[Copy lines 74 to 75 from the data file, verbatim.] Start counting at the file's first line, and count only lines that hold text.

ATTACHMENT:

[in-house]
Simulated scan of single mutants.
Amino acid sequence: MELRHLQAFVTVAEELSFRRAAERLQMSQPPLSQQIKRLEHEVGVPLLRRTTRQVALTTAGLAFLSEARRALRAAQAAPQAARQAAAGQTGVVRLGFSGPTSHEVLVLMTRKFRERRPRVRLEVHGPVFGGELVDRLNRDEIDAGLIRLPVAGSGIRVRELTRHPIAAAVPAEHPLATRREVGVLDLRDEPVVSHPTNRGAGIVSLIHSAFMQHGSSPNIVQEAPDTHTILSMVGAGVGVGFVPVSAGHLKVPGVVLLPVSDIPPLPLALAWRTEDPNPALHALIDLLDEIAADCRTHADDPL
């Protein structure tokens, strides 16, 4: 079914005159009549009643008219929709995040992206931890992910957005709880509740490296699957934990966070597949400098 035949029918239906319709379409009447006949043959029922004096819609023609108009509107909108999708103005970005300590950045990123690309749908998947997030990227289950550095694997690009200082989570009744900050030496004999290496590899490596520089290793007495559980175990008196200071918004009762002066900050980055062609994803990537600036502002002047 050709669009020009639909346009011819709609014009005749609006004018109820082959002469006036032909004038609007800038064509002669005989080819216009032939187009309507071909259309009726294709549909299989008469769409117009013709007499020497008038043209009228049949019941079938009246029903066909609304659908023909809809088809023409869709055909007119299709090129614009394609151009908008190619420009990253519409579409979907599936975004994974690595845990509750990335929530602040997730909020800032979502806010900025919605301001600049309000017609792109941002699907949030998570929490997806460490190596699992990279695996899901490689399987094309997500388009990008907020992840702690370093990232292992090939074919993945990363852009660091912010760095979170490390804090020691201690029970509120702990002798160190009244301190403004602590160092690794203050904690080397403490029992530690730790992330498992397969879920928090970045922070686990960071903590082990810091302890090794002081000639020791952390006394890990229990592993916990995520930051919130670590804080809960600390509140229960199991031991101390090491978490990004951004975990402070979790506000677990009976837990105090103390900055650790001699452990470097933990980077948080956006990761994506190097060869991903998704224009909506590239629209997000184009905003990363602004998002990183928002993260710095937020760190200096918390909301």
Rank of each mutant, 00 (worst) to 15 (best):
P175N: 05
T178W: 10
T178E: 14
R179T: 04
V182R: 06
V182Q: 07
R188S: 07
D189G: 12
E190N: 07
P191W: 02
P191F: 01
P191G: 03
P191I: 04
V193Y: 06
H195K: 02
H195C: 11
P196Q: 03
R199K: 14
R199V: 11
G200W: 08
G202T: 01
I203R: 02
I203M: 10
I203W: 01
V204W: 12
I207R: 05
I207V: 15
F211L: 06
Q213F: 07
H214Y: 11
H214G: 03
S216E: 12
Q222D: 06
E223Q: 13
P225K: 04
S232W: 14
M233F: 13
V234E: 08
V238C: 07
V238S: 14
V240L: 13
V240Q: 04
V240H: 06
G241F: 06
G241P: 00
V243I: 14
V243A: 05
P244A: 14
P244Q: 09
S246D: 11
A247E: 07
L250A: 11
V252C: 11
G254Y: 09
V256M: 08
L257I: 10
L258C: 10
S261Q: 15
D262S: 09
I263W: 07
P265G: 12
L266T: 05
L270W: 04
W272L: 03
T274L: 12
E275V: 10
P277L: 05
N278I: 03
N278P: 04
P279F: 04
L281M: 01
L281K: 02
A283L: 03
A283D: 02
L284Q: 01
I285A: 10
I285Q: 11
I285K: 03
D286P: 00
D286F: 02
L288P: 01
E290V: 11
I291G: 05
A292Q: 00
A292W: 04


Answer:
N278P: 04
P279F: 04